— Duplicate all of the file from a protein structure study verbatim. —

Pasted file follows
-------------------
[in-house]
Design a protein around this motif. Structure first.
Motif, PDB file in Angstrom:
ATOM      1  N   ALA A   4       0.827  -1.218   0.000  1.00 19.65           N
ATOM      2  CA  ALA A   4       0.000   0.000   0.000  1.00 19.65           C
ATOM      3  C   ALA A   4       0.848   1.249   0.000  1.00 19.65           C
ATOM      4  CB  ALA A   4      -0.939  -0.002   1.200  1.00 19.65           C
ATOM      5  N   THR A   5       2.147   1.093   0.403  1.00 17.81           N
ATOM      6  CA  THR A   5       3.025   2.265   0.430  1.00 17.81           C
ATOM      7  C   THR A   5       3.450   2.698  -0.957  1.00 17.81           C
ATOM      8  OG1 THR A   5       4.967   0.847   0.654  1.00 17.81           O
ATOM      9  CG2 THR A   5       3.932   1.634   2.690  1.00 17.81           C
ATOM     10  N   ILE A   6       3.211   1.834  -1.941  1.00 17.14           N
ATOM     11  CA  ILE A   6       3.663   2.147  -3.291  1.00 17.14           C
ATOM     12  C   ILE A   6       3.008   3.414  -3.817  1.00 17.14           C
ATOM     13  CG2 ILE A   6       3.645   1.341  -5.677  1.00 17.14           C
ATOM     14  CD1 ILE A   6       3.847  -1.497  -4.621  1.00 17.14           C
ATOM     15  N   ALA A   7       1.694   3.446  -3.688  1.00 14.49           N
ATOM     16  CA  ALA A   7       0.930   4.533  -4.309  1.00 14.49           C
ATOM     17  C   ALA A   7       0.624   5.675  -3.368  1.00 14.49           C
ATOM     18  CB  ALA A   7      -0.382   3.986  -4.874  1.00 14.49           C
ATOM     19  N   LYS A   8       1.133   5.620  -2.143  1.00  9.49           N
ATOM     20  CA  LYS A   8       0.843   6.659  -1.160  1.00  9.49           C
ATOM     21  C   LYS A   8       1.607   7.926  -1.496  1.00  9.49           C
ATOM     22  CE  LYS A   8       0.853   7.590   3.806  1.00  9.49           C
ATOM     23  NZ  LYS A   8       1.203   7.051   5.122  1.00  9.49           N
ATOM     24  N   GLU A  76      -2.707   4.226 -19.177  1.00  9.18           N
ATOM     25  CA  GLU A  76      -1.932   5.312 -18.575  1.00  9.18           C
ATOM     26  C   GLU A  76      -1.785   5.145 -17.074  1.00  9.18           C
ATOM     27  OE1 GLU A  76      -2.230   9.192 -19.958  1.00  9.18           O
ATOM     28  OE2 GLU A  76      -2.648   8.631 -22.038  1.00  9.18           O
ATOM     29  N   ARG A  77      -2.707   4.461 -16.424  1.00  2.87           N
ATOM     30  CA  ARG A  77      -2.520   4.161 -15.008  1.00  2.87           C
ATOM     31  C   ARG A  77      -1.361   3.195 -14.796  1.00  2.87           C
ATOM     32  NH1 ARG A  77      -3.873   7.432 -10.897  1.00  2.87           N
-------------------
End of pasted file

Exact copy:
[in-house]
Design a protein around this motif. Structure first.
Motif, PDB file in Angstrom:
ATOM      1  N   ALA A   4       0.827  -1.218   0.000  1.00 19.65           N
ATOM      2  CA  ALA A   4       0.000   0.000   0.000  1.00 19.65           C
ATOM      3  C   ALA A   4       0.848   1.249   0.000  1.00 19.65           C
ATOM      4  CB  ALA A   4      -0.939  -0.002   1.200  1.00 19.65           C
ATOM      5  N   THR A   5       2.147   1.093   0.403  1.00 17.81           N
ATOM      6  CA  THR A   5       3.025   2.265   0.430  1.00 17.81           C
ATOM      7  C   THR A   5       3.450   2.698  -0.957  1.00 17.81           C
ATOM      8  OG1 THR A   5       4.967   0.847   0.654  1.00 17.81           O
ATOM      9  CG2 THR A   5       3.932   1.634   2.690  1.00 17.81           C
ATOM     10  N   ILE A   6       3.211   1.834  -1.941  1.00 17.14           N
ATOM     11  CA  ILE A   6       3.663   2.147  -3.291  1.00 17.14           C
ATOM     12  C   ILE A   6       3.008   3.414  -3.817  1.00 17.14           C
ATOM     13  CG2 ILE A   6       3.645   1.341  -5.677  1.00 17.14           C
ATOM     14  CD1 ILE A   6       3.847  -1.497  -4.621  1.00 17.14           C
ATOM     15  N   ALA A   7       1.694   3.446  -3.688  1.00 14.49           N
ATOM     16  CA  ALA A   7       0.930   4.533  -4.309  1.00 14.49           C
ATOM     17  C   ALA A   7       0.624   5.675  -3.368  1.00 14.49           C
ATOM     18  CB  ALA A   7      -0.382   3.986  -4.874  1.00 14.49           C
ATOM     19  N   LYS A   8       1.133   5.620  -2.143  1.00  9.49           N
ATOM     20  CA  LYS A   8       0.843   6.659  -1.160  1.00  9.49           C
ATOM     21  C   LYS A   8       1.607   7.926  -1.496  1.00  9.49           C
ATOM     22  CE  LYS A   8       0.853   7.590   3.806  1.00  9.49           C
ATOM     23  NZ  LYS A   8       1.203   7.051   5.122  1.00  9.49           N
ATOM     24  N   GLU A  76      -2.707   4.226 -19.177  1.00  9.18           N
ATOM     25  CA  GLU A  76      -1.932   5.312 -18.575  1.00  9.18           C
ATOM     26  C   GLU A  76      -1.785   5.145 -17.074  1.00  9.18           C
ATOM     27  OE1 GLU A  76      -2.230   9.192 -19.958  1.00  9.18           O
ATOM     28  OE2 GLU A  76      -2.648   8.631 -22.038  1.00  9.18           O
ATOM     29  N   ARG A  77      -2.707   4.461 -16.424  1.00  2.87           N
ATOM     30  CA  ARG A  77      -2.520   4.161 -15.008  1.00  2.87           C
ATOM     31  C   ARG A  77      -1.361   3.195 -14.796  1.00  2.87           C
ATOM     32  NH1 ARG A  77      -3.873   7.432 -10.897  1.00  2.87           N